ALIZA BLUM, M.D.; JOSEPH GAFNI, M.D.; EZRA SOHAR, M.D.; SHLOMO SHIBOLET, M.D.; HARRY HELLER, M.D.
When amyloidosis was observed in familial Mediterranean fever (1), it seemed obvious to regard it as another example of "secondary" amyloidosis. On closer examination, however, doubts arose. There is, to be sure, the clinical association with attacks of familial Mediterranean fever, but on autopsy, only amyloidosis was found (2-6). A pathologist, lacking clinical information, would classify such a case as "primary," not "secondary," amyloidosis. This alone would be a unique feature, and ought to place the amyloidosis of familial Mediterranean fever in a special category.
The appearance of amyloidosis in familial Mediterranean fever is strangely independent of the clinical attacks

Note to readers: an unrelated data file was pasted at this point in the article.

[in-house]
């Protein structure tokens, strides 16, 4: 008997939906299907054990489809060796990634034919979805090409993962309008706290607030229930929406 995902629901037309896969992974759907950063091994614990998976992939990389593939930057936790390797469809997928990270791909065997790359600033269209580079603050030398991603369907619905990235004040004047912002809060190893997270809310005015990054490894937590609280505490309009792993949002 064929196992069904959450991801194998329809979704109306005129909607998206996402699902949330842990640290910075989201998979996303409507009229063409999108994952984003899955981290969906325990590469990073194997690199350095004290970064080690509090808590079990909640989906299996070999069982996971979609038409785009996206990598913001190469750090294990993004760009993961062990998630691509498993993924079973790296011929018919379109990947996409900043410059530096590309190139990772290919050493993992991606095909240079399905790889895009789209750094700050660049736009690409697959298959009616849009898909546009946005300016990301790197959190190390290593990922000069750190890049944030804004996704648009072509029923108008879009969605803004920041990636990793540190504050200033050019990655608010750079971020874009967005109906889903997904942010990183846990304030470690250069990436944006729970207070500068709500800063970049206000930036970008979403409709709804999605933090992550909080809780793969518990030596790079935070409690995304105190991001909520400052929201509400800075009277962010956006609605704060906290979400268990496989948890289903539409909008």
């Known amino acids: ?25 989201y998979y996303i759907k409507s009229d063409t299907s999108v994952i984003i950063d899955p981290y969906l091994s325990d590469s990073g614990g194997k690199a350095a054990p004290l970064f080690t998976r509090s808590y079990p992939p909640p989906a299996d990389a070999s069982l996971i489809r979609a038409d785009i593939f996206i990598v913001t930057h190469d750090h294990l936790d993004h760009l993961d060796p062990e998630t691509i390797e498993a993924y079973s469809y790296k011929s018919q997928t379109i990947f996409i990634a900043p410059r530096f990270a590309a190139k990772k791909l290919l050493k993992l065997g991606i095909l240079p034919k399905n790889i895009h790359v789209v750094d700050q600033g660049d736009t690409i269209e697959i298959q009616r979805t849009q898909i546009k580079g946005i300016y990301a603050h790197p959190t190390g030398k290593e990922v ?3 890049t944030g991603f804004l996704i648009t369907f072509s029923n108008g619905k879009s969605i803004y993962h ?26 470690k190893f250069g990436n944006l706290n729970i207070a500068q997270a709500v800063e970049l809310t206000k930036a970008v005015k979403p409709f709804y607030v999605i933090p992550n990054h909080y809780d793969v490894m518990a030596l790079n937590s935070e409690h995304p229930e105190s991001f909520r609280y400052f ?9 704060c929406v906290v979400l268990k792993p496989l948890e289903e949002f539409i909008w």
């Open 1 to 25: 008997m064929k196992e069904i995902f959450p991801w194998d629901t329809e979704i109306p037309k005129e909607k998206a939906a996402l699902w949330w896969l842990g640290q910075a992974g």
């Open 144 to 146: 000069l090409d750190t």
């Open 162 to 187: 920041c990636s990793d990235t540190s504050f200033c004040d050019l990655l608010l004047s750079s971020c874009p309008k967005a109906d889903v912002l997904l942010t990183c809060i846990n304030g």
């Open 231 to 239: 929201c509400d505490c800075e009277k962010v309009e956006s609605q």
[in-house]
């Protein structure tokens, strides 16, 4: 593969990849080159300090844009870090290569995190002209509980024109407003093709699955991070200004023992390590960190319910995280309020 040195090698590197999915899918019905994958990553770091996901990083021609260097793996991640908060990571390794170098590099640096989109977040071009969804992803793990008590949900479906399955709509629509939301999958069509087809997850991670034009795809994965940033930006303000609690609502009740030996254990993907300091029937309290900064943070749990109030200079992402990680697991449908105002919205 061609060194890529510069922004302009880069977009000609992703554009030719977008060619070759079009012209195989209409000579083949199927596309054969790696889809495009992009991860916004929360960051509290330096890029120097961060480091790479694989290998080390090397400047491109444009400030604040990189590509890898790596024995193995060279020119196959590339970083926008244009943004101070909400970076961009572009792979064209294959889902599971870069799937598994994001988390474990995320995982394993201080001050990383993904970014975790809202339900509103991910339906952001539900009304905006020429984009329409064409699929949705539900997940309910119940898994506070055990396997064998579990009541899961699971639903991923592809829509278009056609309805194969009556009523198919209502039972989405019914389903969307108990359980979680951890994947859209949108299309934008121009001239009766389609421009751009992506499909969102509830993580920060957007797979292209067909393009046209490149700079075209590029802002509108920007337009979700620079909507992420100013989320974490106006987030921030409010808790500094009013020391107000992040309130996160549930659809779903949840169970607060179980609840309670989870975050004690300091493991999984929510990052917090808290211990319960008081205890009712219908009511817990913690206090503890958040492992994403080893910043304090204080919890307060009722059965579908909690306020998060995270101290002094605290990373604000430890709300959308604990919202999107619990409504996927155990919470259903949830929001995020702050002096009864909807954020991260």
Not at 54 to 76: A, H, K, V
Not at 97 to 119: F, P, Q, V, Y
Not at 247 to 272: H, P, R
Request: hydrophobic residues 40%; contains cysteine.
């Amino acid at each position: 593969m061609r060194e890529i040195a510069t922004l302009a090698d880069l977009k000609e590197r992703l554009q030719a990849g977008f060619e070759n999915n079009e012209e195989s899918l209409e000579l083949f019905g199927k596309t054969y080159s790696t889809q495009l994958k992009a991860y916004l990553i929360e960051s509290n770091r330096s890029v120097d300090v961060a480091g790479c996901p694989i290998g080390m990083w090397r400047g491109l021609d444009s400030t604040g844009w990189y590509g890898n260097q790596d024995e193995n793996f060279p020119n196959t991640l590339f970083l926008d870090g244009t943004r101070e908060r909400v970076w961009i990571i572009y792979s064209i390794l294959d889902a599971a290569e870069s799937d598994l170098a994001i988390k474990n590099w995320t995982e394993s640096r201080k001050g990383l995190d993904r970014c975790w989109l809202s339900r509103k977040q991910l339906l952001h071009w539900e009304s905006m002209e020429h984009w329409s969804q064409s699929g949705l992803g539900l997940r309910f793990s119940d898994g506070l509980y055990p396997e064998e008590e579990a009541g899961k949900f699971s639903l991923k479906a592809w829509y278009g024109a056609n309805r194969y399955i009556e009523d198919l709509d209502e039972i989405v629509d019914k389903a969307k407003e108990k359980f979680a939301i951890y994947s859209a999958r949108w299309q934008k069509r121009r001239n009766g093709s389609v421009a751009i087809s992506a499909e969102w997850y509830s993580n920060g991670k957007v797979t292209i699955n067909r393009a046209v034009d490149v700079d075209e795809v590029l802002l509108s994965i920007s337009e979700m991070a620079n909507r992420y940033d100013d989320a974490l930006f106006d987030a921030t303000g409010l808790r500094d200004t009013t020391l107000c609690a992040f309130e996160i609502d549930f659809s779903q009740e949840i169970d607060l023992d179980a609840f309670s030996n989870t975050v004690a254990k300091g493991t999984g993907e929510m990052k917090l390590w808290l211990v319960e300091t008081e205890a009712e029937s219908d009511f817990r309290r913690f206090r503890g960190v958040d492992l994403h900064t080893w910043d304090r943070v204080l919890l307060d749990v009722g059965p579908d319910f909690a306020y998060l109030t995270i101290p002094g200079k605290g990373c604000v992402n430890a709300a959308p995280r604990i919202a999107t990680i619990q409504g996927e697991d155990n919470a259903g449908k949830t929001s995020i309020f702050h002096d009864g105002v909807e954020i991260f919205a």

BLUM A, GAFNI J, SOHAR E, et al. Amyloidosis as the Sole Manifestation of Familial Mediterranean Fever (FMF): Further Evidence of Its Genetic Nature. Ann Intern Med. 1962;57:795–799. doi: https://doi.org/10.7326/0003-4819-57-5-795
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Published: Ann Intern Med. 1962;57(5):795-799.
Autoimmune Kidney Disease, Hospital Medicine, Nephrology, Rheumatology.
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